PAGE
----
A Guide for Buying and Managing Shoreland

Section 9: Disturbed Shoreland

Drawing of disturbed shoreland vegetation.

Disturbed shoreline = hard surfaces and reduced vegetation = degraded water resources

Degraded water quality due to dramatically increased runoff water

  • Minimal natural filtration leads to a much higher portion of precipitation becoming runoff water. A mostly natural landscape has about 10% runoff. A mostly hard surface landscape (including lawns) has about 55% water runoff.
  • Unfiltered runoff water - Increased amounts of pollutants enter the water Excessive nutrients lead to excessive aquatic plant growth. Increased sedimentation and lower oxygen levels lead to unhealthy aquatic plants and marine life. Cloudy water reduces sunlight penetration into the water and this degrades the aquatic environment. Going from mostly natural to mostly hard surface means more of each negative factor affects the water.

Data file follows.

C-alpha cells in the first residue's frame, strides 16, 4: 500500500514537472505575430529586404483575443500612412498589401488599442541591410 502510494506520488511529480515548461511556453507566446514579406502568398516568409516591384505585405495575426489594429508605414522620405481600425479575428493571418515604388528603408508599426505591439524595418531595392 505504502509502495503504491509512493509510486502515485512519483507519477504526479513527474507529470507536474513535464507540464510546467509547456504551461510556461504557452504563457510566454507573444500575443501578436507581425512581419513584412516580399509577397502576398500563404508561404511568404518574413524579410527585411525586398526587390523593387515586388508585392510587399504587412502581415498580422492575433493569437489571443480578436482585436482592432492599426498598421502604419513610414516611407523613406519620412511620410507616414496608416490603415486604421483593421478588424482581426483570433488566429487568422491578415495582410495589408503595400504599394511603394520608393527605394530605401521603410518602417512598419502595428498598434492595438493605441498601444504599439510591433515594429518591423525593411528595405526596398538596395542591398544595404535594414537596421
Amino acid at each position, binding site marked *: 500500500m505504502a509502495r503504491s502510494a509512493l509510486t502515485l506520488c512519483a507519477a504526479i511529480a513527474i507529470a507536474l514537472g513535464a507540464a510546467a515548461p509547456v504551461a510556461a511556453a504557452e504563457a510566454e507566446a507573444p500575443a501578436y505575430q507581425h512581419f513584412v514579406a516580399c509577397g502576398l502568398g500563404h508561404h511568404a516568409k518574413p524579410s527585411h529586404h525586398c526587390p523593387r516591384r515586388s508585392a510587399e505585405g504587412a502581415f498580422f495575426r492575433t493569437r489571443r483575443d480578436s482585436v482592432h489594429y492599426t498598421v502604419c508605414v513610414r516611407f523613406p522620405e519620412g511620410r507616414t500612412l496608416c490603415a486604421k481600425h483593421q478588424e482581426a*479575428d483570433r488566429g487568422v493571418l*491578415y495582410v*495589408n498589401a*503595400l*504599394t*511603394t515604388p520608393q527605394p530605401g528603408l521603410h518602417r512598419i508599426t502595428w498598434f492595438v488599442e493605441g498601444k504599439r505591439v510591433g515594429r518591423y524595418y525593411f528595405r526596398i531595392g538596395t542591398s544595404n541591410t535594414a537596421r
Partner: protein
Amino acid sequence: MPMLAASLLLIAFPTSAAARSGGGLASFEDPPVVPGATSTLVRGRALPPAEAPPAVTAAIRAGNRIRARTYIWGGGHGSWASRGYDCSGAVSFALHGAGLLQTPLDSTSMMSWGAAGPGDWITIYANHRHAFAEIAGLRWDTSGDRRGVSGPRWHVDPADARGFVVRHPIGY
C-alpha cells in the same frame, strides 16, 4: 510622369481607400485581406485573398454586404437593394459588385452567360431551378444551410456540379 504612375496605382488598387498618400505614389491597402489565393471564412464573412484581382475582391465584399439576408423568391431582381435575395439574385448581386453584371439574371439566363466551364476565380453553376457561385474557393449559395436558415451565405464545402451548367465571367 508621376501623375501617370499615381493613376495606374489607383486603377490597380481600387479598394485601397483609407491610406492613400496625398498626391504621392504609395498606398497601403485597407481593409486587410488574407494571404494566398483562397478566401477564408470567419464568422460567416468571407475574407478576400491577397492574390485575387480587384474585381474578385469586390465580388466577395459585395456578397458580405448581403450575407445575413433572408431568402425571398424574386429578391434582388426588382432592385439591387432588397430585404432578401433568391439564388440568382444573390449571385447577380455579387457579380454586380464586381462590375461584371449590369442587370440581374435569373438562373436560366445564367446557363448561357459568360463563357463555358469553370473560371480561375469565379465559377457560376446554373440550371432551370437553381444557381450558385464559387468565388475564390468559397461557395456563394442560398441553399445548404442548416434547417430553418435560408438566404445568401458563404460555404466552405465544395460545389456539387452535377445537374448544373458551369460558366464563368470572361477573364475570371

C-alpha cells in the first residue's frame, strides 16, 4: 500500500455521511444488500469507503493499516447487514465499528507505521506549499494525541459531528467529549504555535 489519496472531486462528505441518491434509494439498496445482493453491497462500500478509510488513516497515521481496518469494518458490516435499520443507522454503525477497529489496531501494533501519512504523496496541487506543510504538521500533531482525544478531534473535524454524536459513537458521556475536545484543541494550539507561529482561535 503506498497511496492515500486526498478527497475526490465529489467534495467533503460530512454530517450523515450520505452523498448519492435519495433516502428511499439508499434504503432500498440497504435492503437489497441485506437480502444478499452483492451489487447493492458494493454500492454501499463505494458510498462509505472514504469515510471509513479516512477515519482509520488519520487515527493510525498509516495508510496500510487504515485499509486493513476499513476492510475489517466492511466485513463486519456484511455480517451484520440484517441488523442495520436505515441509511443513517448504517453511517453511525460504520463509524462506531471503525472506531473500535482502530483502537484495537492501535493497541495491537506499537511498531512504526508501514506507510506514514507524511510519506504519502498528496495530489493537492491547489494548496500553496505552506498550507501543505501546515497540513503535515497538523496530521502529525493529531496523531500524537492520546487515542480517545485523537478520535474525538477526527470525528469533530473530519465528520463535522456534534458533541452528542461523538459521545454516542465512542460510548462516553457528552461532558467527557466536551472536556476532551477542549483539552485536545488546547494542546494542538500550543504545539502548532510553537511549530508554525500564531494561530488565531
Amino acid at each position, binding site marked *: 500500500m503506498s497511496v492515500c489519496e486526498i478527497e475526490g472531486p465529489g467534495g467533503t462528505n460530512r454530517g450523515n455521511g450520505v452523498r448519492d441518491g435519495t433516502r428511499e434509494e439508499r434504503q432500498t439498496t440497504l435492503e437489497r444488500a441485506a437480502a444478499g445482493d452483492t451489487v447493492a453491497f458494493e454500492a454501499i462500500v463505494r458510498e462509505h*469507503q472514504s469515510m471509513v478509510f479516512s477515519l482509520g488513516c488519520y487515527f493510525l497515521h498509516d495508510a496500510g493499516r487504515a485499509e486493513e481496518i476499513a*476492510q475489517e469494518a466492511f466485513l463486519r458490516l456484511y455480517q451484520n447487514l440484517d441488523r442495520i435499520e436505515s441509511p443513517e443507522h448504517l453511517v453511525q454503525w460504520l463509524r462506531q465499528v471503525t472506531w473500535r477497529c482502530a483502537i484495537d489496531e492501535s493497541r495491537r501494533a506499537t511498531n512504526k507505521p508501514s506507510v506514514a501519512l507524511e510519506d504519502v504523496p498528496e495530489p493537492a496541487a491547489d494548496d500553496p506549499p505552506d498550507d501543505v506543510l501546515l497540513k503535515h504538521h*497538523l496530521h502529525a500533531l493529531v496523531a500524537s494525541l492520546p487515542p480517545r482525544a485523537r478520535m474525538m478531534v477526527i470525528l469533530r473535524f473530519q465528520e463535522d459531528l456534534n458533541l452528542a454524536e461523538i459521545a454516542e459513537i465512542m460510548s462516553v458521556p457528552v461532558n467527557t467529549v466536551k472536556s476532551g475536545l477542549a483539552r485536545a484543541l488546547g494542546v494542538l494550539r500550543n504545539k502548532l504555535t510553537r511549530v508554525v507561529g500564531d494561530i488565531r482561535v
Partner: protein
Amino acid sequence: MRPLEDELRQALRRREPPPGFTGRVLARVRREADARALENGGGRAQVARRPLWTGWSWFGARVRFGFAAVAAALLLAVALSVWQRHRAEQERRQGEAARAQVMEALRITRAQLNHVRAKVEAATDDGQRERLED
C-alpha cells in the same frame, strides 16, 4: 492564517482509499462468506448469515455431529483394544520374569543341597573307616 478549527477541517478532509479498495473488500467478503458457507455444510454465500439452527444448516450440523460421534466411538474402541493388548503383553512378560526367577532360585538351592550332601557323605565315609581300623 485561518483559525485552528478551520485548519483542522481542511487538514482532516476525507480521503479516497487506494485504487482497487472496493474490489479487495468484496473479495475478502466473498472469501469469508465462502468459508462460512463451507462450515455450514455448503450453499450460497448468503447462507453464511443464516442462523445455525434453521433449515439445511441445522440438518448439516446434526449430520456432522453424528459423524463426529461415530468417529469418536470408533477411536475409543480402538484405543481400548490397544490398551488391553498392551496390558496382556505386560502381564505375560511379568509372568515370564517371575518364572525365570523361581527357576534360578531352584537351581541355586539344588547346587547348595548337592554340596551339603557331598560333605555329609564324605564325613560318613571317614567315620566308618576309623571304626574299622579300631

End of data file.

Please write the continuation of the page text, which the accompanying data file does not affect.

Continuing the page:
• Minimal ground water infiltration - Poorly filtered water directly enters the ground water. Drinking water and agricultural irrigation water is degraded. Going from mostly natural to mostly hard surface means infiltration is reduced from 50% to 15%. Underground aquifer levels are reduced and may eventually dry up.

Degraded natural habitats

  • Poor habitats reduce the quality and quantity of shoreland and upland birds and wildlife.
  • Poor water quality and habitats degrade aquatic plant and animal communities.
  • Poor habitats reduce species diversity and increase the risk of species being wiped out by diseases and pests.

Degraded visual qualities. Shoreline looks disturbed and unnatural

  • Vegetation removal looks unnatural and sterile.
  • Man-made structures and intrusions are obvious.
  • The shoreline looks artificial and over-developed.